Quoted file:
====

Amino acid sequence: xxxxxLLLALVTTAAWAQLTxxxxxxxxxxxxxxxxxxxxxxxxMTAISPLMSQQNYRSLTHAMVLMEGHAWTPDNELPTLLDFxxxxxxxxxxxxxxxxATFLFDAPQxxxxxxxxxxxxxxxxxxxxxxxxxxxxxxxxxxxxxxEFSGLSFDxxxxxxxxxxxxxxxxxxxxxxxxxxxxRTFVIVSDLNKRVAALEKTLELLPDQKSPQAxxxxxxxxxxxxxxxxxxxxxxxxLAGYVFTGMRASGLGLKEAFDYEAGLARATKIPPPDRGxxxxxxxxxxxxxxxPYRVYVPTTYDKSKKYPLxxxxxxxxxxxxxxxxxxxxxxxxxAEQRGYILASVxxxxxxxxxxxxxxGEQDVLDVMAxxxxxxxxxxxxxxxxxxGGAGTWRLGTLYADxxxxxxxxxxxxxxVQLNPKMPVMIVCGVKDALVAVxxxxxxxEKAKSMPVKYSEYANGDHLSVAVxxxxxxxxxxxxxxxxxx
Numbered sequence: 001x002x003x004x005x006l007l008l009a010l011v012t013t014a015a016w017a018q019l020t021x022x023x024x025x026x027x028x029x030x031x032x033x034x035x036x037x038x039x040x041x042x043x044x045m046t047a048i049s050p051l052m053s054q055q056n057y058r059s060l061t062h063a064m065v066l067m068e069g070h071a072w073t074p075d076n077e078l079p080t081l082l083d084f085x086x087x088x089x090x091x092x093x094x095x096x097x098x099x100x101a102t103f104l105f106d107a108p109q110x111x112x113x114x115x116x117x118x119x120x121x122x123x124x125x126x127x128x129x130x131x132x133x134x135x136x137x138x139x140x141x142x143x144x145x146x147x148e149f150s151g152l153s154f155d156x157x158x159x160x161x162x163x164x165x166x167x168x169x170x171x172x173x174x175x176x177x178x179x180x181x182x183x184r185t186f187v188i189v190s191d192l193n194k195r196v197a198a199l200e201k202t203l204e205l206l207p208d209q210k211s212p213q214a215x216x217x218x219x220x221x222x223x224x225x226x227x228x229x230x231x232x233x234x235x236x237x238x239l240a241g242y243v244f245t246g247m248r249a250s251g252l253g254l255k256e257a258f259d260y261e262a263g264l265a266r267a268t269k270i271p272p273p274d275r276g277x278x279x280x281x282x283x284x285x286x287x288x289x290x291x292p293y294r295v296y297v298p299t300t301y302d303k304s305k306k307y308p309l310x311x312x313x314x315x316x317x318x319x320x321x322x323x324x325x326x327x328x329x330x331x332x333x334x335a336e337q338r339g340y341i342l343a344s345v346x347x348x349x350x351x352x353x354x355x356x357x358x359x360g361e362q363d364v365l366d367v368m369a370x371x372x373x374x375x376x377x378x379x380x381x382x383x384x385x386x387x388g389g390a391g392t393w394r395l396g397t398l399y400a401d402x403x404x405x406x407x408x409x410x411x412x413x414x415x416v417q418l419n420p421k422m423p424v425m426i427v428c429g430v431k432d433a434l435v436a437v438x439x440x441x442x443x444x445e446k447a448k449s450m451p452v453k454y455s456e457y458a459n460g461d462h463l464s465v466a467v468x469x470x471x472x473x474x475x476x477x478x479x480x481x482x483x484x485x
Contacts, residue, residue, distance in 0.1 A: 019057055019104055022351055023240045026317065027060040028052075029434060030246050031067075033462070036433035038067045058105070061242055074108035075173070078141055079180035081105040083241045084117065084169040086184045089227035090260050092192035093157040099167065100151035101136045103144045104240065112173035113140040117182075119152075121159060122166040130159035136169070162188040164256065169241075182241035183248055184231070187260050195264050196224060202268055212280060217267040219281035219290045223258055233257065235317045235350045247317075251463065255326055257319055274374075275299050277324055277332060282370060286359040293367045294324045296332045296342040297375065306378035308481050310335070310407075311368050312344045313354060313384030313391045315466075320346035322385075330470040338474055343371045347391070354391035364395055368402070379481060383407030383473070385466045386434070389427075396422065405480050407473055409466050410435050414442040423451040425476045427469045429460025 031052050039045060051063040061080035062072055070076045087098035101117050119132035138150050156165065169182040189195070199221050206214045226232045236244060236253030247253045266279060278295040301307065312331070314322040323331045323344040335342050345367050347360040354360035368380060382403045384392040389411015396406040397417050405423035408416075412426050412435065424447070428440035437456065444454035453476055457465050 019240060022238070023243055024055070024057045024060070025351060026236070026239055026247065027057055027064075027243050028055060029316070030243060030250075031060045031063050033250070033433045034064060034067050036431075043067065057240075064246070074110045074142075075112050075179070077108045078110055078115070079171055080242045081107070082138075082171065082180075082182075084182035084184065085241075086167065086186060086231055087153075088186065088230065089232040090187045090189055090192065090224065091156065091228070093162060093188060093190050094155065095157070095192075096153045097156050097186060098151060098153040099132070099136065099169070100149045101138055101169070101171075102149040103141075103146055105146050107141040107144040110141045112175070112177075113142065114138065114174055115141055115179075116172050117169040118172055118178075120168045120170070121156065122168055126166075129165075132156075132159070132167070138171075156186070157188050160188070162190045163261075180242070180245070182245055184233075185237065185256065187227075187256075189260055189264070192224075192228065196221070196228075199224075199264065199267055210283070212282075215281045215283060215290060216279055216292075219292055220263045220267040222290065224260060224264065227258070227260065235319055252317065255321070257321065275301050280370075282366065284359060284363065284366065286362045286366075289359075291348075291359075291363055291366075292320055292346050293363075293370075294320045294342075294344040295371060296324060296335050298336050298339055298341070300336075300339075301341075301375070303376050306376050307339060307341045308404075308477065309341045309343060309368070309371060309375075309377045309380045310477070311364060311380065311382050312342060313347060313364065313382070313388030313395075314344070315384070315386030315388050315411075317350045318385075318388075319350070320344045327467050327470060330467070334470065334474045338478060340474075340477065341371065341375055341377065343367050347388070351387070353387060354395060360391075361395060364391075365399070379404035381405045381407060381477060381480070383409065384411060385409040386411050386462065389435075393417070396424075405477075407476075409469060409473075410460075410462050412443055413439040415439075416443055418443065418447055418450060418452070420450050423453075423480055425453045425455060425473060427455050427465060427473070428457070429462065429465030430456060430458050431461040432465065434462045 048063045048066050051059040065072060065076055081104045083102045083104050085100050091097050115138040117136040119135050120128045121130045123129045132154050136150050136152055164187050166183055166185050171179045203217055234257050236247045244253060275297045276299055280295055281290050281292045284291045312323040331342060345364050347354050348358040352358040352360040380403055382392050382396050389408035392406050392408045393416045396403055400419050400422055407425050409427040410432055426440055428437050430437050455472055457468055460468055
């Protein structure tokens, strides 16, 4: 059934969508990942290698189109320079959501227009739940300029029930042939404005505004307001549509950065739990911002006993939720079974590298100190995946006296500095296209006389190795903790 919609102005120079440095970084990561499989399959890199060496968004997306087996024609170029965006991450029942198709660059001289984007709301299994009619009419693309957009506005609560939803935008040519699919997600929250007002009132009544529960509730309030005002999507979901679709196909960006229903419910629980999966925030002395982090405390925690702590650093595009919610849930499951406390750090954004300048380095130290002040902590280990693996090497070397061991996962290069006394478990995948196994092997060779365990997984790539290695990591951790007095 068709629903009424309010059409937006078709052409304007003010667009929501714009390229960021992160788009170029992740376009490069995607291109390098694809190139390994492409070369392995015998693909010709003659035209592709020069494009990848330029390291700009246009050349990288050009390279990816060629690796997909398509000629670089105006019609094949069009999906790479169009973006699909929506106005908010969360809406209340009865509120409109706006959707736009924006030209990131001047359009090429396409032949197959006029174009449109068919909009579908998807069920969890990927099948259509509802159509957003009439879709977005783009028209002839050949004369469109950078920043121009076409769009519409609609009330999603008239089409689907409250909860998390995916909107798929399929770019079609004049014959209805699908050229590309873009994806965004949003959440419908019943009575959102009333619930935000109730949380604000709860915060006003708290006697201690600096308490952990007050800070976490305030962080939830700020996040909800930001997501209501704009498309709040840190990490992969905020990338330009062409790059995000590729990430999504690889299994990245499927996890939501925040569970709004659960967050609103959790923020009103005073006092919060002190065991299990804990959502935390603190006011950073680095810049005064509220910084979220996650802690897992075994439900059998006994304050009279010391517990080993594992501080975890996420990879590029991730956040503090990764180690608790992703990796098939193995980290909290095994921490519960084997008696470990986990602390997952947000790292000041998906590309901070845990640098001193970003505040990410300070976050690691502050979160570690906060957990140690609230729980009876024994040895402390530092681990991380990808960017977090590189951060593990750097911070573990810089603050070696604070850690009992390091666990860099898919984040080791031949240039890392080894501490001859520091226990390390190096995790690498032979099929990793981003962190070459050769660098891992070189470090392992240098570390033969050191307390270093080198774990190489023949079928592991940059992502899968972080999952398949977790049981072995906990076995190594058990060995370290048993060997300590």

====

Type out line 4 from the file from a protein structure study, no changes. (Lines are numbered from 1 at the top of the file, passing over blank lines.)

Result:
């Protein structure tokens, strides 16, 4: 059934969508990942290698189109320079959501227009739940300029029930042939404005505004307001549509950065739990911002006993939720079974590298100190995946006296500095296209006389190795903790 919609102005120079440095970084990561499989399959890199060496968004997306087996024609170029965006991450029942198709660059001289984007709301299994009619009419693309957009506005609560939803935008040519699919997600929250007002009132009544529960509730309030005002999507979901679709196909960006229903419910629980999966925030002395982090405390925690702590650093595009919610849930499951406390750090954004300048380095130290002040902590280990693996090497070397061991996962290069006394478990995948196994092997060779365990997984790539290695990591951790007095 068709629903009424309010059409937006078709052409304007003010667009929501714009390229960021992160788009170029992740376009490069995607291109390098694809190139390994492409070369392995015998693909010709003659035209592709020069494009990848330029390291700009246009050349990288050009390279990816060629690796997909398509000629670089105006019609094949069009999906790479169009973006699909929506106005908010969360809406209340009865509120409109706006959707736009924006030209990131001047359009090429396409032949197959006029174009449109068919909009579908998807069920969890990927099948259509509802159509957003009439879709977005783009028209002839050949004369469109950078920043121009076409769009519409609609009330999603008239089409689907409250909860998390995916909107798929399929770019079609004049014959209805699908050229590309873009994806965004949003959440419908019943009575959102009333619930935000109730949380604000709860915060006003708290006697201690600096308490952990007050800070976490305030962080939830700020996040909800930001997501209501704009498309709040840190990490992969905020990338330009062409790059995000590729990430999504690889299994990245499927996890939501925040569970709004659960967050609103959790923020009103005073006092919060002190065991299990804990959502935390603190006011950073680095810049005064509220910084979220996650802690897992075994439900059998006994304050009279010391517990080993594992501080975890996420990879590029991730956040503090990764180690608790992703990796098939193995980290909290095994921490519960084997008696470990986990602390997952947000790292000041998906590309901070845990640098001193970003505040990410300070976050690691502050979160570690906060957990140690609230729980009876024994040895402390530092681990991380990808960017977090590189951060593990750097911070573990810089603050070696604070850690009992390091666990860099898919984040080791031949240039890392080894501490001859520091226990390390190096995790690498032979099929990793981003962190070459050769660098891992070189470090392992240098570390033969050191307390270093080198774990190489023949079928592991940059992502899968972080999952398949977790049981072995906990076995190594058990060995370290048993060997300590």